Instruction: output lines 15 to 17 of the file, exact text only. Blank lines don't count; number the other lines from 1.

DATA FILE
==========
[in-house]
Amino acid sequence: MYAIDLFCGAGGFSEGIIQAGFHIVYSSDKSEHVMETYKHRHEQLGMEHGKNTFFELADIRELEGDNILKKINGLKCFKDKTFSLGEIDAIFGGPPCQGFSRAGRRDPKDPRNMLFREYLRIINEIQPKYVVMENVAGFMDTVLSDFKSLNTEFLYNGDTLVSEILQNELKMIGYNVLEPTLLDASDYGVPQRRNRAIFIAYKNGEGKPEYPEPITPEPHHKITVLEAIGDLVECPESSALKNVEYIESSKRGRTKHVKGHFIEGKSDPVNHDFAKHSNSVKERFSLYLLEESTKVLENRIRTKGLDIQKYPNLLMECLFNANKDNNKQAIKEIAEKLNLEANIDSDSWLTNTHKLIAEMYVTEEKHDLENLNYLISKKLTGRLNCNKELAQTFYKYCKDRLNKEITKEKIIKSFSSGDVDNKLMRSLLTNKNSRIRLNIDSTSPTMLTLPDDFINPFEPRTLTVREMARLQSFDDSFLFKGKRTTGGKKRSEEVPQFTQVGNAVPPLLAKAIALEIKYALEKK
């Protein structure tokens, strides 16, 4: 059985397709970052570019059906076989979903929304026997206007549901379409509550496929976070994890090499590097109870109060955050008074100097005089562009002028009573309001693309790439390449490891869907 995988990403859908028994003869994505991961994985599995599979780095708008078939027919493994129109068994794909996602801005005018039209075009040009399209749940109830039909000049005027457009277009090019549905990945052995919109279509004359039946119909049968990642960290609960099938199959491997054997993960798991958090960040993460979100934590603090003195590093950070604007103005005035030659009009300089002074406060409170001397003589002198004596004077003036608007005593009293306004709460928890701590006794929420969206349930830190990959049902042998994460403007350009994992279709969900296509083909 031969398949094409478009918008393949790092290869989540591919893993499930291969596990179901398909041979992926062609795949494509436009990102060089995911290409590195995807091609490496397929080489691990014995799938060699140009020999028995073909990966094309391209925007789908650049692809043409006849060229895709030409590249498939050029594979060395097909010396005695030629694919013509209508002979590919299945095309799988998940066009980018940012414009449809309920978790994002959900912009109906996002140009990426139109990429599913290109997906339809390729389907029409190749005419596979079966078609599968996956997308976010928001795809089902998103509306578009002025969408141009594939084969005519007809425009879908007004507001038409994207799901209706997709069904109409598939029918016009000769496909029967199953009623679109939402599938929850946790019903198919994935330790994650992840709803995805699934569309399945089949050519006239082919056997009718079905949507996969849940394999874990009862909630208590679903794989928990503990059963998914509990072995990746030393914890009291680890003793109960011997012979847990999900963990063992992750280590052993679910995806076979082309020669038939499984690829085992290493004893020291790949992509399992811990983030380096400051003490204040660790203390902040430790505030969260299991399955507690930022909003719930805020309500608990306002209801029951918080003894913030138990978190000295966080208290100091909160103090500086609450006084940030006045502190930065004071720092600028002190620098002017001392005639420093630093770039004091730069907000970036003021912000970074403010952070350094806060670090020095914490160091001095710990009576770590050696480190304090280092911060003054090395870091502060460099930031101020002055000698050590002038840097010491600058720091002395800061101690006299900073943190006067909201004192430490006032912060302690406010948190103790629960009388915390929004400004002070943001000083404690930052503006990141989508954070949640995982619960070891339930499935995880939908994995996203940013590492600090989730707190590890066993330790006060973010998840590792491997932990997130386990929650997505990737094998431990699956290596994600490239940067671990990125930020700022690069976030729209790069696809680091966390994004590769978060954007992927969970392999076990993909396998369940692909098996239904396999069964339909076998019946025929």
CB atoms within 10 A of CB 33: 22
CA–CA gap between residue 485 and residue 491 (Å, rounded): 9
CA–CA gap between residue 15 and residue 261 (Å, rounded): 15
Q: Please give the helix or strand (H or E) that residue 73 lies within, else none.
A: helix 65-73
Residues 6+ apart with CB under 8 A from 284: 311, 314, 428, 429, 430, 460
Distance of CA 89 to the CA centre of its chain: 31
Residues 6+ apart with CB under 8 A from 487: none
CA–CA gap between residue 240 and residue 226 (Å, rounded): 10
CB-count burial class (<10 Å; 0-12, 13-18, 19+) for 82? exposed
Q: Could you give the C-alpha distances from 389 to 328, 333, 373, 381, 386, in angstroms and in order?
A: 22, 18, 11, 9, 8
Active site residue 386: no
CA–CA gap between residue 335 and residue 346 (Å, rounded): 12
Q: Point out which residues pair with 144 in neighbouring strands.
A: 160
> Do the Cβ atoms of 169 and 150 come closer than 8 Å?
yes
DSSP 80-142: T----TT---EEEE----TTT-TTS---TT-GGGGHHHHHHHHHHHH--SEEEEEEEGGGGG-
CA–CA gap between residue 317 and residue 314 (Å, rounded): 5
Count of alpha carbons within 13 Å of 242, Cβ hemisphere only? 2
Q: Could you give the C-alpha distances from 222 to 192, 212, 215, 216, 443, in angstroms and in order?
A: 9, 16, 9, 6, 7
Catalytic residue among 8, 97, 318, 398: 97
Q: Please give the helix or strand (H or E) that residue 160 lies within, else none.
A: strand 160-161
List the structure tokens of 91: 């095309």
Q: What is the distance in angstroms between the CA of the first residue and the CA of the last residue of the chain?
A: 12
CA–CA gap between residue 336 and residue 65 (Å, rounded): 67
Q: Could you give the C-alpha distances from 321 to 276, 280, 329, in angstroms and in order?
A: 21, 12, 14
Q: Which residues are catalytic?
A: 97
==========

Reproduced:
A: 22, 18, 11, 9, 8
Active site residue 386: no
CA–CA gap between residue 335 and residue 346 (Å, rounded): 12